Empowering learners to engage in their authentic online assessment

17 

Full text

(1)

Empowering Learners to Engage in their Authentic Online Assessment

Dr. Jennifer V. Lock

Faculty of Education, University of Calgary jvlock@ucalgary.ca

Dr. Petrea Redmond

Faculty of Education, University of Southern Queensland redmond@usq.edu.au

Dr. Jennifer V. Lock is an Associate Professor in the area of Educational Technology in the Faculty of Education at the University of Calgary, Canada. Her current research interests involve online learning communities, e-learning, online collaboration, building capacity of online

educators, and integrating technology in education and teacher education.

Dr. Petrea Redmond is a Senior Lecturer in the areas of Educational Technology and Curriculum and Pedagogical in the Faculty of Education at the University of Southern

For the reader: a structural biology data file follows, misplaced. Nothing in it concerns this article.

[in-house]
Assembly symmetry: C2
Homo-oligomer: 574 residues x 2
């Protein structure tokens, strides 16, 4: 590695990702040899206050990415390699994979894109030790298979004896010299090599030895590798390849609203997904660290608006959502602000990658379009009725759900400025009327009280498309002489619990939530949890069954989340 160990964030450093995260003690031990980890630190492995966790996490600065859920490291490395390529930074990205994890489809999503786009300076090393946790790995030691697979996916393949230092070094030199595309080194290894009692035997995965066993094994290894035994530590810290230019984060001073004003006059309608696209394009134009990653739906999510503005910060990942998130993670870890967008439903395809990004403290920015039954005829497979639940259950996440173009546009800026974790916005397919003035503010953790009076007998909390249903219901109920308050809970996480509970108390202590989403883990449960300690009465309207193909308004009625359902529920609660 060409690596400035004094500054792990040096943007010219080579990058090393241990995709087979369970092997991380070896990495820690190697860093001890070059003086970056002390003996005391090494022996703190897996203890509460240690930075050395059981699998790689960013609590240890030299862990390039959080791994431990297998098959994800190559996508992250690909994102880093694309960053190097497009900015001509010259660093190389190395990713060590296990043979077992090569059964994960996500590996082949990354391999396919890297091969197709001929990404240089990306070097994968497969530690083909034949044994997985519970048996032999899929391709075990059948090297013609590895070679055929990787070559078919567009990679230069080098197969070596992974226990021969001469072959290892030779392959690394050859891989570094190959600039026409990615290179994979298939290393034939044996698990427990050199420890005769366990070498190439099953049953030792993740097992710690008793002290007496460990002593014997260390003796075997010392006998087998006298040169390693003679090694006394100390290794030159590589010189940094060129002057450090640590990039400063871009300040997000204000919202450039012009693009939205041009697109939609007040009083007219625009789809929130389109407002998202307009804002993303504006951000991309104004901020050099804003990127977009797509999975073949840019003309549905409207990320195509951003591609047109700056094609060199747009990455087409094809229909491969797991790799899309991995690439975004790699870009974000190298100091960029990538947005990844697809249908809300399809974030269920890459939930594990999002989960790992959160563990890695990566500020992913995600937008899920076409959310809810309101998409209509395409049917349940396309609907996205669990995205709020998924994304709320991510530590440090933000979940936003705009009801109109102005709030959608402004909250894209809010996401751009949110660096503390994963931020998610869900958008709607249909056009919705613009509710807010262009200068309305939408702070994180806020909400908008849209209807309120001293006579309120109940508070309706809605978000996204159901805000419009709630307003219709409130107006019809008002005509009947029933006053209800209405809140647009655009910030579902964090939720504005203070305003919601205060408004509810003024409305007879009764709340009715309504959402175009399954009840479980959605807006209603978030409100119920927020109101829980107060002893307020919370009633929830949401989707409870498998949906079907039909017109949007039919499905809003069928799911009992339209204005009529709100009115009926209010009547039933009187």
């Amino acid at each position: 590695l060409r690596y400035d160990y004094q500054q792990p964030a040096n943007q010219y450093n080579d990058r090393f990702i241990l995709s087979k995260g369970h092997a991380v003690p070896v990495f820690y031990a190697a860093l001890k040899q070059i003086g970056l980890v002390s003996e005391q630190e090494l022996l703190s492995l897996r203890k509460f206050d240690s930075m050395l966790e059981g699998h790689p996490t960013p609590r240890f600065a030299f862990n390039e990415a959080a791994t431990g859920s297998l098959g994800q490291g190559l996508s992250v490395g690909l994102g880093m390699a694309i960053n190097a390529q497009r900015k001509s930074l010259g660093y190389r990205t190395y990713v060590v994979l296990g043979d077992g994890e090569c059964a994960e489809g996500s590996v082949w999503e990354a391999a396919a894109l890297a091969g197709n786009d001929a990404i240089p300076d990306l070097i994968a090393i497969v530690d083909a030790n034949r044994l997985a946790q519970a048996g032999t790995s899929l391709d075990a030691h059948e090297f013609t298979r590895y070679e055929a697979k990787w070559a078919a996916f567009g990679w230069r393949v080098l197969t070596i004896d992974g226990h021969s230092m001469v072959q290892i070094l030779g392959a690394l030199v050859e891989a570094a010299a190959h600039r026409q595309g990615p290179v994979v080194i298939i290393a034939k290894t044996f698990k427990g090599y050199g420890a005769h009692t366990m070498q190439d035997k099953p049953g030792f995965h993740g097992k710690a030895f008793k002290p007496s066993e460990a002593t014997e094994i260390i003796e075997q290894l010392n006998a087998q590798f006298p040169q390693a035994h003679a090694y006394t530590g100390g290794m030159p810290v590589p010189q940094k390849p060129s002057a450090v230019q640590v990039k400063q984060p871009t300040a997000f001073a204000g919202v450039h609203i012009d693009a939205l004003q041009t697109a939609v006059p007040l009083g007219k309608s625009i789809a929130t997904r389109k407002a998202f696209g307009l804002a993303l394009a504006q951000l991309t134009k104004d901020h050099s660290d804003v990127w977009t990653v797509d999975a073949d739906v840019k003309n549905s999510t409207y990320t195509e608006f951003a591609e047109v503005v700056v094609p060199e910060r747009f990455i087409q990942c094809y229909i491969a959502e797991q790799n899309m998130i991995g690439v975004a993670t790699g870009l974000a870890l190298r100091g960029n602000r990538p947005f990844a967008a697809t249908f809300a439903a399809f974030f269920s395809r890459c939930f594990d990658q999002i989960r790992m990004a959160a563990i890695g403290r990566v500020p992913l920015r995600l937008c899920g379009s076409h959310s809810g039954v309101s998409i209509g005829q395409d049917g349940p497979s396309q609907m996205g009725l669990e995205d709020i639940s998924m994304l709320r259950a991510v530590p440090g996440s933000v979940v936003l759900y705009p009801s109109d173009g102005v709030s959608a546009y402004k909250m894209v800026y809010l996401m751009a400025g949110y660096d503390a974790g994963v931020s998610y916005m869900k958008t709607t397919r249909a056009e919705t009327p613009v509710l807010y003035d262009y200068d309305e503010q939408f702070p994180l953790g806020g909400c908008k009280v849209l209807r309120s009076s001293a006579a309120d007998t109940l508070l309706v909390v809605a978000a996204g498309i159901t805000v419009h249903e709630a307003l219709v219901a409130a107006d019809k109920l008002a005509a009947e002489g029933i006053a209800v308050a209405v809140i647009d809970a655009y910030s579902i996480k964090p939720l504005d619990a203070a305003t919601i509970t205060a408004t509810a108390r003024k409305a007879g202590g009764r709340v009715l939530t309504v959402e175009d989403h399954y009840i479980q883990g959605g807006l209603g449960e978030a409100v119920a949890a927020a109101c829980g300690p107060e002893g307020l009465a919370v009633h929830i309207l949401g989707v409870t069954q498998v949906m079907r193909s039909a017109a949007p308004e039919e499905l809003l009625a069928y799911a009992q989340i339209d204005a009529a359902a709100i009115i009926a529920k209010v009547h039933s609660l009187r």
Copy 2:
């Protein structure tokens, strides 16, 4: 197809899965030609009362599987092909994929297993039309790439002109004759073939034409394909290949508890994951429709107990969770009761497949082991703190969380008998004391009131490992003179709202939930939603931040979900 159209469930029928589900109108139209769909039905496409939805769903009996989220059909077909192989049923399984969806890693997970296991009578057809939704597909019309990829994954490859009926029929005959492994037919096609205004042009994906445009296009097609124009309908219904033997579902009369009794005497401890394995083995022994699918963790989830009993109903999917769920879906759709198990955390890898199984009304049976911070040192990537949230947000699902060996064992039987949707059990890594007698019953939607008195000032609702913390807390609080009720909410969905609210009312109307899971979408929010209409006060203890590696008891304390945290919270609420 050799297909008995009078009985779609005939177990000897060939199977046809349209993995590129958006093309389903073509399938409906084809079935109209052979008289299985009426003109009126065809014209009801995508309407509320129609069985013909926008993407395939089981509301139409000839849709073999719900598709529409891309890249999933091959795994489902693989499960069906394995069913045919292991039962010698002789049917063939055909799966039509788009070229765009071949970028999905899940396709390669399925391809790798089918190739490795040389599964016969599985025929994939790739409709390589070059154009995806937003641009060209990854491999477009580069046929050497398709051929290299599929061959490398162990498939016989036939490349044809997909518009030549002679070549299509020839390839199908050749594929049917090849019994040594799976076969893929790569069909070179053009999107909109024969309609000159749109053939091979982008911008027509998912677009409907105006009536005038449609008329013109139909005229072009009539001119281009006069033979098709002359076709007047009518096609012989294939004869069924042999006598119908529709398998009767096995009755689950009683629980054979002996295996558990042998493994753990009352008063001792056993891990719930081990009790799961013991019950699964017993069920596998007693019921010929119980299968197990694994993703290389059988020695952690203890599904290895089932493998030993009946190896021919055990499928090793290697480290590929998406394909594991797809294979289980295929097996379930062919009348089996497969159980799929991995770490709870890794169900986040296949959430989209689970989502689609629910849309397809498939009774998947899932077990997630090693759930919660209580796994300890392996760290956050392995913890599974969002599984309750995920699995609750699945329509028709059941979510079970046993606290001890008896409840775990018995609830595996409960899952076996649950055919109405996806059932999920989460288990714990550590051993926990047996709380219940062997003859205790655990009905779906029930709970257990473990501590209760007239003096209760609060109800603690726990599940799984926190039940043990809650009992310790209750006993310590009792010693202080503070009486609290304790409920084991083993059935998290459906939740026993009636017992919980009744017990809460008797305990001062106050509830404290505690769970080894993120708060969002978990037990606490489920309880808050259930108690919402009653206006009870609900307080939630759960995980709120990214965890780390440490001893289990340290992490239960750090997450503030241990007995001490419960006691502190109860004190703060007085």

Queensland, Australia. Her current research interests involved Communities of Inquiry, teaching presence, technology integration, online and blended teaching and learning.

Abstract:

The purpose of this chapter is to share an assessment practice that utilized an authentic online activity as both a learning activity and an assessment item. The assessment required students to identify their best contributions in the learning activity and submit those items for assessment. This shift in assessment required students to reflect on their learning, to identify evidence of their learning, and fostered further develop their metacognition skills. Gulikers, Bastiaens and

Kirschner’s (2004) five-dimensional framework for authentic assessment was used to examine how authentic instruction and authentic assessment were aligned in the online activity. Three recommendations for research and practice are presented.

C O R E M e t a d a t a , c i t a t i o n a n d s i m i l a r p a p e r s a t c o r e . a c . u k

(2)

Introduction